To my ears, there are at least two stone-cold, instant classics lurking among these ten songs.  My favorite piece by a landslide is "Don't Follow Me," which is built from a lovely, multitracked vocal motif that feels almost like a choral hymnal.  From there, it ingeniously blossoms into a lazily smoldering groove of corroded bass tones, a spartan kick/snare pattern, chiming chord stabs, and a shifting nimbus of lysergic swells and melody fragments.  It is probably the most beautiful song on the album, but it also benefits greatly from the ramshackle, blackened accompaniment that relentlessly stomps forward beneath the floating, heavenly vocals.  The contrast between those two poles is absolutely perfect, as dal Forno evokes angelic beauty in a ragged and ruined landscape (and then brings it all to a close with actual fireworks).  The other highlight is "Took A Long Time," which skillfully combines a meaty descending bass line, a clattering drum machine shuffle, and great vocal hook, then gradually warms and fills with color as synth tones languorously undulate in the periphery.  There is also second tier of songs that are nearly as great, such as the opening “No Trace,” which augments a heavy, rolling groove with streaking, spaced-out splashes of synth color.  Elsewhere, "I'm Conscious" unfolds as a wonderfully shambling meditation on longing and regret.  Also, I would be remiss if I did not mention that the album's instrumentals are quite likable as well, even if they are mostly palette-cleansers to bridge the more fully formed pieces.  I especially like "Hype Sleep," which marries a warm, ringing bass melody to a tinny, vaguely Latin drum machine groove.  I actually wish dal Forno had explored that direction a bit more, as understatedly playful drum machine beats are an excellent counterbalance to her more introspective, hypnagogic side.  

I also enjoyed the dreamily lush and melodic "Leaving For Japan," which is a side of dal Forno's art that I rarely get to encounter.  To some degree, I would be absolutely delighted if she eased up her constrained aesthetic to allow for more pieces in that vein, but I suspect she is reluctant to record many songs that she cannot perform live with just a bass.  Aside from that practical consideration, the extremely minimal instrumentation of dal Forno's work is admittedly an extremely effective approach artistically.  There are a lot of ways to craft a great song, but dal Forno consistently challenges herself to do it in the hardest way possible at this point in her career: writing hooks and melodies strong enough to carry a piece even if all of the accompanying music, production touches, and arrangement flourishes were completely stripped away.  That is what I admire most about Carla dal Forno's work.  She is an excellent songwriter and has lots of creative ideas for fleshing out her simple, bass-driven pieces, but the larger achievement is that she is just a woman with a bass who is very intent on making a direct and undiluted human connection with listeners.  I suppose such a fearless and assured avoidance to artistic distance and artifice would not matter much if Look Up Sharp did not also have great songs, but it has those too, which is why exactly Carla dal Forno remains one of the most compelling and vital songwriters in underground music.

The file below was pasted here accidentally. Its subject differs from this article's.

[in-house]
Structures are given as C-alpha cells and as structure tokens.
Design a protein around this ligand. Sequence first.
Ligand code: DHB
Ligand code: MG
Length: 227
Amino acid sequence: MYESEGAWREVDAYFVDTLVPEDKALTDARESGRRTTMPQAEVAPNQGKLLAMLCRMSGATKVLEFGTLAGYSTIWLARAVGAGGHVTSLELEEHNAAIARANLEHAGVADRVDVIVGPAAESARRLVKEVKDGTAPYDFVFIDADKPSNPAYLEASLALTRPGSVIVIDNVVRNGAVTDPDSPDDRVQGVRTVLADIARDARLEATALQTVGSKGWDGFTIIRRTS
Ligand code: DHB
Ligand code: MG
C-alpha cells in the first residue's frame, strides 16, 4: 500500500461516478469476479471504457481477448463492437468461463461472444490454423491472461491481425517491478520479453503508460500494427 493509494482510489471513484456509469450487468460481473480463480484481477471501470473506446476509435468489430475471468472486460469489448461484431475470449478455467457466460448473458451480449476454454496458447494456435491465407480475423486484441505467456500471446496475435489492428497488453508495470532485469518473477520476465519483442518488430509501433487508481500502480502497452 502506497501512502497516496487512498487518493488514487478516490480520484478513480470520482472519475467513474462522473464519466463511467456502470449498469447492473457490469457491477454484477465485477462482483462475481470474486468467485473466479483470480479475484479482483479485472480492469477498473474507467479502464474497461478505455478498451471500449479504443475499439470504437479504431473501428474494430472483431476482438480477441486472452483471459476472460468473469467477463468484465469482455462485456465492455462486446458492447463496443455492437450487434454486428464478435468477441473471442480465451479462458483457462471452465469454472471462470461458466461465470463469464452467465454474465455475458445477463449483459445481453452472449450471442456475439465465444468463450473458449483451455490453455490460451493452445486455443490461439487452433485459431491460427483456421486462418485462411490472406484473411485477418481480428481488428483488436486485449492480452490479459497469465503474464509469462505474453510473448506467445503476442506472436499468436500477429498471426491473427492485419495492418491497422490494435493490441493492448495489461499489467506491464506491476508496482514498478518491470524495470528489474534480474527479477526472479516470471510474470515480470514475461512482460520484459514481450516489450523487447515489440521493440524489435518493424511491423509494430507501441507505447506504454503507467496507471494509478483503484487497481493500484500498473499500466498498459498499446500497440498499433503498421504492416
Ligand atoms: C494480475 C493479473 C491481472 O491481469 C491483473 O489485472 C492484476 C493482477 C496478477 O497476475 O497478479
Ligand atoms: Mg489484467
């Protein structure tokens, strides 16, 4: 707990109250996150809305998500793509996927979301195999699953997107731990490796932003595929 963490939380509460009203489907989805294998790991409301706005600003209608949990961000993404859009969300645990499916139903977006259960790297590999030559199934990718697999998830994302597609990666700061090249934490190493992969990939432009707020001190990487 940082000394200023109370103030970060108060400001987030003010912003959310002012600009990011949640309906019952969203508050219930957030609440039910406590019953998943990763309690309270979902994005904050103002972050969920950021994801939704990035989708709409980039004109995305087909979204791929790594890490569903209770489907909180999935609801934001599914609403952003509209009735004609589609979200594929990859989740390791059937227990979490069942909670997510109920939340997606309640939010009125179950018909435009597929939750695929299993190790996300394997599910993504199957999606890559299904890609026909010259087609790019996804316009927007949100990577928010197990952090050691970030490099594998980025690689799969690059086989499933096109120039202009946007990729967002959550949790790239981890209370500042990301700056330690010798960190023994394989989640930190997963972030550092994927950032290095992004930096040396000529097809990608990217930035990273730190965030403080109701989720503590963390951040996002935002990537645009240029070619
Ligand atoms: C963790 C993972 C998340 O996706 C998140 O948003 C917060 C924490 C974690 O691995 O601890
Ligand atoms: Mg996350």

Samples can be found here.

Last Updated on Tuesday, 15 October 2019 07:03